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Rembrandt and the Face of Jesus

August 3–October 30, 2011

Rembrandt van Rijn (1606–1669) is universally acclaimed as the greatest master painter of the Dutch Golden Age, the 17th-century efflorescence of art in the Netherlands. Thanks to an inventory of his home and studio conducted in July 1656, we know that Rembrandt kept in his bedroom two of his own paintings called Head of Christ. A third painting—identified as a "Head of Christ, from life"—was found in a bin in Rembrandt's studio, awaiting use as a model for a New Testament composition. Today, seven paintings survive (from what was likely eight originally) that fit this description, all painted by Rembrandt and his pupils between 1643 and 1655. Bust-length portraits, they show the same young man familiar from traditional artistic conceptions of Christ, yet each figure also bears a slightly different expression. In posing an ethnographically correct model and using a human face to depict Jesus, Rembrandt overturned the entire history of Christian art, which had previously relied on rigidly copied prototypes for Christ.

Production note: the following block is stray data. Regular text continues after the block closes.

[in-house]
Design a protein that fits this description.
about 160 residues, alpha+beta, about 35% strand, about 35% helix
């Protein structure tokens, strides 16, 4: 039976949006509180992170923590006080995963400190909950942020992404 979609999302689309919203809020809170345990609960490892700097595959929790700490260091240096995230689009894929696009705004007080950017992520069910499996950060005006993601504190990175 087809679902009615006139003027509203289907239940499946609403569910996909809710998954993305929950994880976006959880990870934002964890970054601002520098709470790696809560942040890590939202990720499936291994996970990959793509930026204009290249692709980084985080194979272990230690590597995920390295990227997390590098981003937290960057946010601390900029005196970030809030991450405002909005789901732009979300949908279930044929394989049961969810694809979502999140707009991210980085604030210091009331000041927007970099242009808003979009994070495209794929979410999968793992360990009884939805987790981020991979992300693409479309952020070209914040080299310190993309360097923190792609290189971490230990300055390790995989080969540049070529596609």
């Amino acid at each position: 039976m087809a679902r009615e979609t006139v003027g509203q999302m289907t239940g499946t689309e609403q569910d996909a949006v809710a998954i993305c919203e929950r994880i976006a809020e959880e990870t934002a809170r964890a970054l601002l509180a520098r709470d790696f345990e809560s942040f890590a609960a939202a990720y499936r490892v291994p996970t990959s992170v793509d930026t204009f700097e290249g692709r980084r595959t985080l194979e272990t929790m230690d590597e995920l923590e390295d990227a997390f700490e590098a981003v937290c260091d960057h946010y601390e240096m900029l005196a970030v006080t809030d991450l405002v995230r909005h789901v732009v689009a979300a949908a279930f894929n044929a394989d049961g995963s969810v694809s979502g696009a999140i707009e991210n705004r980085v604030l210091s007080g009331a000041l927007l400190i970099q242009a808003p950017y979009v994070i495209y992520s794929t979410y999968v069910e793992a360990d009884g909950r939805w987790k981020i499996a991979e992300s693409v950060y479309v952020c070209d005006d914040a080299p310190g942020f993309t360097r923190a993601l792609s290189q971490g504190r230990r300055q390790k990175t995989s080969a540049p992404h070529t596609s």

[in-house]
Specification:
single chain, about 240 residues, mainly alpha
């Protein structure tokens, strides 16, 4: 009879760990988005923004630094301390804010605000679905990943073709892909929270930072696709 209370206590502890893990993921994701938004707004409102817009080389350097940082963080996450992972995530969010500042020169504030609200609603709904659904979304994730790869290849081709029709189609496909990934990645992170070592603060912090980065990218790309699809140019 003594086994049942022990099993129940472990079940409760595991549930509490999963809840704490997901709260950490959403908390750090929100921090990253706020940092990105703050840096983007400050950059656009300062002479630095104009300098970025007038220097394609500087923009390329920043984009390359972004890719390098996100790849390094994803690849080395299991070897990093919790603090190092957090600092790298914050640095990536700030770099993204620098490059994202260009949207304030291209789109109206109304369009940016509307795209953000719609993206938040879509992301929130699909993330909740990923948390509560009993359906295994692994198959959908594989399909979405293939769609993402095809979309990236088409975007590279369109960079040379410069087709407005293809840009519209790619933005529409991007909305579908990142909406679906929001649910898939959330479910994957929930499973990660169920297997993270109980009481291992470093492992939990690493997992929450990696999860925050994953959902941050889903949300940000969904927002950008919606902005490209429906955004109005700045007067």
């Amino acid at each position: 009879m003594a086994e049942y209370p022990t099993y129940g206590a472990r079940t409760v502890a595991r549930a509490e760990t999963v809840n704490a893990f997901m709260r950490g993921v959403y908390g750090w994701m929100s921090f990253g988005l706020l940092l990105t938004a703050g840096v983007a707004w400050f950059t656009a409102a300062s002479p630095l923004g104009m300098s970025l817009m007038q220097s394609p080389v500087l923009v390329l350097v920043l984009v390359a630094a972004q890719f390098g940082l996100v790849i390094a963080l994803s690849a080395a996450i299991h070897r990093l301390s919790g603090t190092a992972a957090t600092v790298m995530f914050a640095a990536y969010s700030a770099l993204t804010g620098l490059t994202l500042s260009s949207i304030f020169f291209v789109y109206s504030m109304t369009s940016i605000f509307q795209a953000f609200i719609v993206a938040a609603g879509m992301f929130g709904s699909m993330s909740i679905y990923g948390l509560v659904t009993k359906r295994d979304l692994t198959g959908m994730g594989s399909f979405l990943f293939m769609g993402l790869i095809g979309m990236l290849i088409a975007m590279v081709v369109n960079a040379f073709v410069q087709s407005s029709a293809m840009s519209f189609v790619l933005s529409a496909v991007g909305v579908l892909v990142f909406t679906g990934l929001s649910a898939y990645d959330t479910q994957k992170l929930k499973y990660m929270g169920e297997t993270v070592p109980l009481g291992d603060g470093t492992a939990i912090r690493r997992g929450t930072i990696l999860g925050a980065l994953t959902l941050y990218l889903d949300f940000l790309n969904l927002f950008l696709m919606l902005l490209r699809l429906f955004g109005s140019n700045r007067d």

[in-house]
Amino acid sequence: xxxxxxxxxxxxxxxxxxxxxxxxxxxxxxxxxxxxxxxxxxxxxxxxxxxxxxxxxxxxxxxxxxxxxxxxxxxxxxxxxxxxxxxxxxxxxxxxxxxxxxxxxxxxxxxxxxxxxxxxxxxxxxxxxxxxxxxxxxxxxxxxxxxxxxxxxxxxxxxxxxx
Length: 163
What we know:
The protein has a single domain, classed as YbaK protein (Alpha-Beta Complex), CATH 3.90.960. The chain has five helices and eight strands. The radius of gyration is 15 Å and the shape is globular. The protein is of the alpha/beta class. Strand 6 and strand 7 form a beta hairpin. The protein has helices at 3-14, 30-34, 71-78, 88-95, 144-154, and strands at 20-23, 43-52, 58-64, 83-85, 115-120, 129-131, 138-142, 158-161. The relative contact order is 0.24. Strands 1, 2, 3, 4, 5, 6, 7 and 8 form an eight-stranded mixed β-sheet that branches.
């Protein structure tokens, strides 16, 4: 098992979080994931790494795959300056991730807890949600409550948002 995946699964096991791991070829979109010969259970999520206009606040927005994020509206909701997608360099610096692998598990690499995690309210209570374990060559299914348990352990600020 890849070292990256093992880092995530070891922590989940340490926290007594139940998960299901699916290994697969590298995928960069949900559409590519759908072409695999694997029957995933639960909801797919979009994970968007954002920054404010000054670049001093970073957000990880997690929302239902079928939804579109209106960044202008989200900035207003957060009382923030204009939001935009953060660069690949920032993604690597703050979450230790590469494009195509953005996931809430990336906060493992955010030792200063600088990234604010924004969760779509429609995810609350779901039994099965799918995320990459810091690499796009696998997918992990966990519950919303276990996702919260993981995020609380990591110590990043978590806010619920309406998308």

This exhibition, the first Rembrandt exhibition in Philadelphia since 1932 and the first ever in the city to include paintings by the Dutch master, reunites the seven paintings of this exceedingly rare and singular series for the first time since 1656. Of these portraits, three are being seen in the United States for the first time. Complemented by more than fifty related paintings, prints, and drawings, Rembrandt and the Face of Jesus allows visitors to consider the religious, historic, and artistic significance of these works. Objects of private reflection for Rembrandt, the paintings in this exhibition bear witness to Rembrandt's iconoclasm and his search for a meditative ideal.

In addition to major paintings, many of the selected drawings in this exhibition have been rarely exhibited or lent owing to their light-sensitivity and fragility. Indeed, never before have so many of Rembrandt's finest paintings, etchings, and drawings that depict Jesus Christ and events of his life been assembled for an exhibition.


  • Musée du Louvre, Paris: April to July 2011
  • Philadelphia Museum of Art: August to October 2011
  • The Detroit Institute of Arts: November 2011 to February 2012

Main Building


This exhibition is organized by the Philadelphia Museum of Art, the Musée du Louvre, Paris, and the Detroit Institute of Arts.


In Philadelphia, the exhibition is made possible by The Pew Charitable Trusts and the Robert Montgomery Scott Fund for Exhibitions and by an indemnity from the Federal Council on the Arts and the Humanities. Additional support is provided by the Connelly Foundation, by Carol Elizabeth Ware and the Marian S. Ware 2006 Charitable Lead Annuity Trust, and by generous individuals. Funding for conservation was provided by the Samuel H. Kress Foundation.


Lloyd DeWitt, Associate Curator of European Painting before 1900

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